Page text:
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Tuesday, December 29, 2015

Five Days and Counting

"Yankee Reconstructed" will launch in all electronic formats on January third. There are several reasons to pre-order your copy now.

1. You win! Order now and you pay just $3.99.  Wait until Sunday morning and you'll pay $5.99. And it doesn't matter whether you go to Kindle, Kobo, B&N or Apple iBooks. They are all offering the same deal.

2. You win! When the last ornament has been packed away and the last pine needle vacuumed into oblivion, you will deserve a break. If you order now, your copy will be waiting for you on Sunday when you hit the couch.

3. I win! No pre-order is counted until Sunday. Then all those numbers go together to help determine the book's relative starting rank in each best-seller list. Pre-order now, and the rank goes up.  Order next week and you won't make a dent in the rankings. Seriously, this has been proven to make a huge difference in total sales. The higher the rank, the more people buy the book. I appreciate your support.

Here are the links you'll need.



Friday, December 25, 2015

That Was the Christmas Without . . .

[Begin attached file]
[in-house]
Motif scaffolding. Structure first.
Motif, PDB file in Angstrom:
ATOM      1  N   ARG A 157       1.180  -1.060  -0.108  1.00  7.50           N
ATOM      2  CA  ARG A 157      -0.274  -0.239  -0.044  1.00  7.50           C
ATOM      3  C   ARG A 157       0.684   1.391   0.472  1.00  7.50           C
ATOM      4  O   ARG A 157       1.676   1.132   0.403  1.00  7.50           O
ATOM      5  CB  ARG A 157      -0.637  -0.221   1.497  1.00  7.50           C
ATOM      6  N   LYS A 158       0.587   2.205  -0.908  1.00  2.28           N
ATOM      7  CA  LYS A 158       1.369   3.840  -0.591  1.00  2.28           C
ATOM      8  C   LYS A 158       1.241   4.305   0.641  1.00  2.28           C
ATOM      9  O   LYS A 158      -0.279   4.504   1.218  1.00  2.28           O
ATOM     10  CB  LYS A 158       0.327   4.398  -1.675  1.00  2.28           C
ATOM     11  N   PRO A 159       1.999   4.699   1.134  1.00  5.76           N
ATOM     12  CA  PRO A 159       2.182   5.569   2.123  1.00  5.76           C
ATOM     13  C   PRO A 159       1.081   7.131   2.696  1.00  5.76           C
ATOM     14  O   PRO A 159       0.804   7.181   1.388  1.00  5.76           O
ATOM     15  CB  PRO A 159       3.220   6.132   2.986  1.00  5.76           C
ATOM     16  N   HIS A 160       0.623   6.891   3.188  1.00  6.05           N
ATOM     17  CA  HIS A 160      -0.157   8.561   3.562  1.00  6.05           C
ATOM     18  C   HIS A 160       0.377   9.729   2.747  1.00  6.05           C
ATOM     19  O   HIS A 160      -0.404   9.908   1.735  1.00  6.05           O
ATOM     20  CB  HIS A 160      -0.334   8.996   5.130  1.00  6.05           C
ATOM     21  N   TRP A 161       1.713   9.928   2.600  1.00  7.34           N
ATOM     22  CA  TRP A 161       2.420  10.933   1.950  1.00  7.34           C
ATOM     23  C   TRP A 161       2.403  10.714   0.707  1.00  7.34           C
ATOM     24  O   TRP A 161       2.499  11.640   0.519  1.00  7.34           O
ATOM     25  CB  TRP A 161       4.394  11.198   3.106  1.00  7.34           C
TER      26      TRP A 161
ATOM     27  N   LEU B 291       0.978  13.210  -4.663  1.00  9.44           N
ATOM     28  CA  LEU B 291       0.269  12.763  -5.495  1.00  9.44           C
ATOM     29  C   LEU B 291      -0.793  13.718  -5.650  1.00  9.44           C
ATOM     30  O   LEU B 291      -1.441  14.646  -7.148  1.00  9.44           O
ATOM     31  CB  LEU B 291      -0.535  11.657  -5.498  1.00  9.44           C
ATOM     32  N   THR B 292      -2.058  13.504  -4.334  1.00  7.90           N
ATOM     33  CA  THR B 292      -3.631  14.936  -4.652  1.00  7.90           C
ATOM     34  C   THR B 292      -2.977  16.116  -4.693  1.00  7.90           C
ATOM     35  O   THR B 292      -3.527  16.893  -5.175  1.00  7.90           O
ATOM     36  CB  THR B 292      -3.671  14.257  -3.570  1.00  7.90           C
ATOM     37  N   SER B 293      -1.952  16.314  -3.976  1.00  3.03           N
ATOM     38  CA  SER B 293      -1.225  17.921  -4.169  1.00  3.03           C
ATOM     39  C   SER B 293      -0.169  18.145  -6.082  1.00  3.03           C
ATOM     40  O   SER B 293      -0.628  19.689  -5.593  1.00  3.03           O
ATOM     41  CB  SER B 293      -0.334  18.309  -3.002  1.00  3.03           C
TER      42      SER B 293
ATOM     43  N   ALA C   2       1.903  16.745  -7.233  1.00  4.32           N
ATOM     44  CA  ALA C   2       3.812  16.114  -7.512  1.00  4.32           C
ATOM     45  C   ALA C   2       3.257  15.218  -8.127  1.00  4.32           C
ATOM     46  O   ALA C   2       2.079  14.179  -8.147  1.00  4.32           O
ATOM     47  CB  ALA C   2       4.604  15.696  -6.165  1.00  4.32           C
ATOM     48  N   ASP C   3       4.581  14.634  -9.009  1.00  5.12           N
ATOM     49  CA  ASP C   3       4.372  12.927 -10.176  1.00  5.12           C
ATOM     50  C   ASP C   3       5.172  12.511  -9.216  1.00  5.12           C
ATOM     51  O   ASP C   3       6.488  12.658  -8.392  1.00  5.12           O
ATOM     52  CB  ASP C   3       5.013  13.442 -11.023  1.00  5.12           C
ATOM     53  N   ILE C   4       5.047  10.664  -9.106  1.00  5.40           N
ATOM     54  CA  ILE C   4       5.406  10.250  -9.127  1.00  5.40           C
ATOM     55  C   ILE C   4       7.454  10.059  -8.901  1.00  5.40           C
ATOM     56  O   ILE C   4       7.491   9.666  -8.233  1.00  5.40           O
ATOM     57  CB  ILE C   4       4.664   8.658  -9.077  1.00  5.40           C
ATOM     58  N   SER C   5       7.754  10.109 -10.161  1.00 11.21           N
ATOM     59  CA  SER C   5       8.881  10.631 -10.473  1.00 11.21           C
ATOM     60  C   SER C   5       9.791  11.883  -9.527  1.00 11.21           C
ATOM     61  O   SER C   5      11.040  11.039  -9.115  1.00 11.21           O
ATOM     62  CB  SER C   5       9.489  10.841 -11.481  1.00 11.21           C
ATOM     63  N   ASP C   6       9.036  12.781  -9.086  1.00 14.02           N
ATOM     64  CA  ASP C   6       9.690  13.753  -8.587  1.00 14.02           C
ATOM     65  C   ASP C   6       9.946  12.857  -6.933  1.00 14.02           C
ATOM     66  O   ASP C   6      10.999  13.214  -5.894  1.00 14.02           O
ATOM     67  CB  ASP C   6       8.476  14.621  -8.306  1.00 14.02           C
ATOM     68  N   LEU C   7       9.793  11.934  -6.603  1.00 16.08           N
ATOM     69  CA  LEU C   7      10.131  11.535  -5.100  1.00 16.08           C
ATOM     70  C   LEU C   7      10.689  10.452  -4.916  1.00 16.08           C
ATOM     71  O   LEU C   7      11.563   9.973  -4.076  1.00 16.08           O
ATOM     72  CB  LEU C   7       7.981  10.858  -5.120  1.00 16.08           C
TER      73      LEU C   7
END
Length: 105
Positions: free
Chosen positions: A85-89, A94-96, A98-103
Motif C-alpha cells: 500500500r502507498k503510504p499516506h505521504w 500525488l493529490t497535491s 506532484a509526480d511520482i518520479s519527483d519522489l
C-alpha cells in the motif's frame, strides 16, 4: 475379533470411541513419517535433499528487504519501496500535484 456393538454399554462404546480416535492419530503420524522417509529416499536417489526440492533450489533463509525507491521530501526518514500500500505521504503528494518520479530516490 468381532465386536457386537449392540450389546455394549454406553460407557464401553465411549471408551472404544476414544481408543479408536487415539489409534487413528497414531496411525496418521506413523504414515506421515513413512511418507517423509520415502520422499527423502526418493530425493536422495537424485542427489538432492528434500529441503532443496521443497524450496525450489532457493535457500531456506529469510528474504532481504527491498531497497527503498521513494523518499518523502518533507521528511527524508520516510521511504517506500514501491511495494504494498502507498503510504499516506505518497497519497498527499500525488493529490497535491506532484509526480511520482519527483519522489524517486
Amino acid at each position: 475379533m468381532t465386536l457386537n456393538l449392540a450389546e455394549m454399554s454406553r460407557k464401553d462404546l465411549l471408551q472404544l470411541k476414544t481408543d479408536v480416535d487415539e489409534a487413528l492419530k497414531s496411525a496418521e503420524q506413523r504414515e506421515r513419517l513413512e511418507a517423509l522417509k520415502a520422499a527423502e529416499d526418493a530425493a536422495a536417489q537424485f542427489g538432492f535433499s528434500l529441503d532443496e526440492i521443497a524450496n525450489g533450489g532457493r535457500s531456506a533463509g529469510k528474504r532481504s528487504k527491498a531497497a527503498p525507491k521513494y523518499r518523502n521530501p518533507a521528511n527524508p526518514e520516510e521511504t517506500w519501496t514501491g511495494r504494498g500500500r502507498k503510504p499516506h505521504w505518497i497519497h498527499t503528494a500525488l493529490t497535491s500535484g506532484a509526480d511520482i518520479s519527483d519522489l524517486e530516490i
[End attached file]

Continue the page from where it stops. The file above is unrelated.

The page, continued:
This has been a difficult month for me. I expected that. It's been eleven months since Floyd died, and between Thanksgiving and January come too many special occasions to count -- memories of trips taken and planned, his birthday, our wedding anniversary, holidays, the "heart attack" day, the hospital stays, the hopes built up, and the hopes dashed and trampled into dust. I'm trying to survive each day, one at a time.

Today is Christmas, although there's not much here to remind me except for the wreath on the door and the reindeer antlers on the car. Still, I awoke this morning with a dozen memories struggling for recognition -- each one from a "Christmas Without . . ."

1958 -- the first Christmas after my father died. I'm home from college, my mother is barely speaking to me because I dared to pay my own way to go back to school, and the empty, undecorated house is a stark reminder that she feels she has been left with nothing.

1962 -- Christmas far from home. I'm married, and my new Air Force Lieutenant husband has just been assigned to his first posting, a radar installation in Moses Lake, Washington. We are living in a single room in the BOQ on base, waiting for housing to open up. No tree, no gifts, no family, not even a cat.

1963 -- Housing taken care of,  I have a teaching job, but Floyd has been whisked off to a remote mountain top in Alaska for a year, leaving me alone here in the middle of the desert.  My mother is unsympathetic. "You chose to get married," she says.

1969 -- I'm in Panama City, Florida; Floyd is in Pleiku, Vietnam. My mother tries to be more sympathetic since its wartime, so she has arrived to celebrate the holidays with me. I've put up an artificial tree and tied Christmas bows around the cats' necks, but we spend most of the time watching TV reruns while I wait for the phone to ring.

1977 -- The first Christmas since my mother died -- still trying to explain to my six-year-old why Grandma Peggy is not around any more (and why it matters that we keep remembering her.)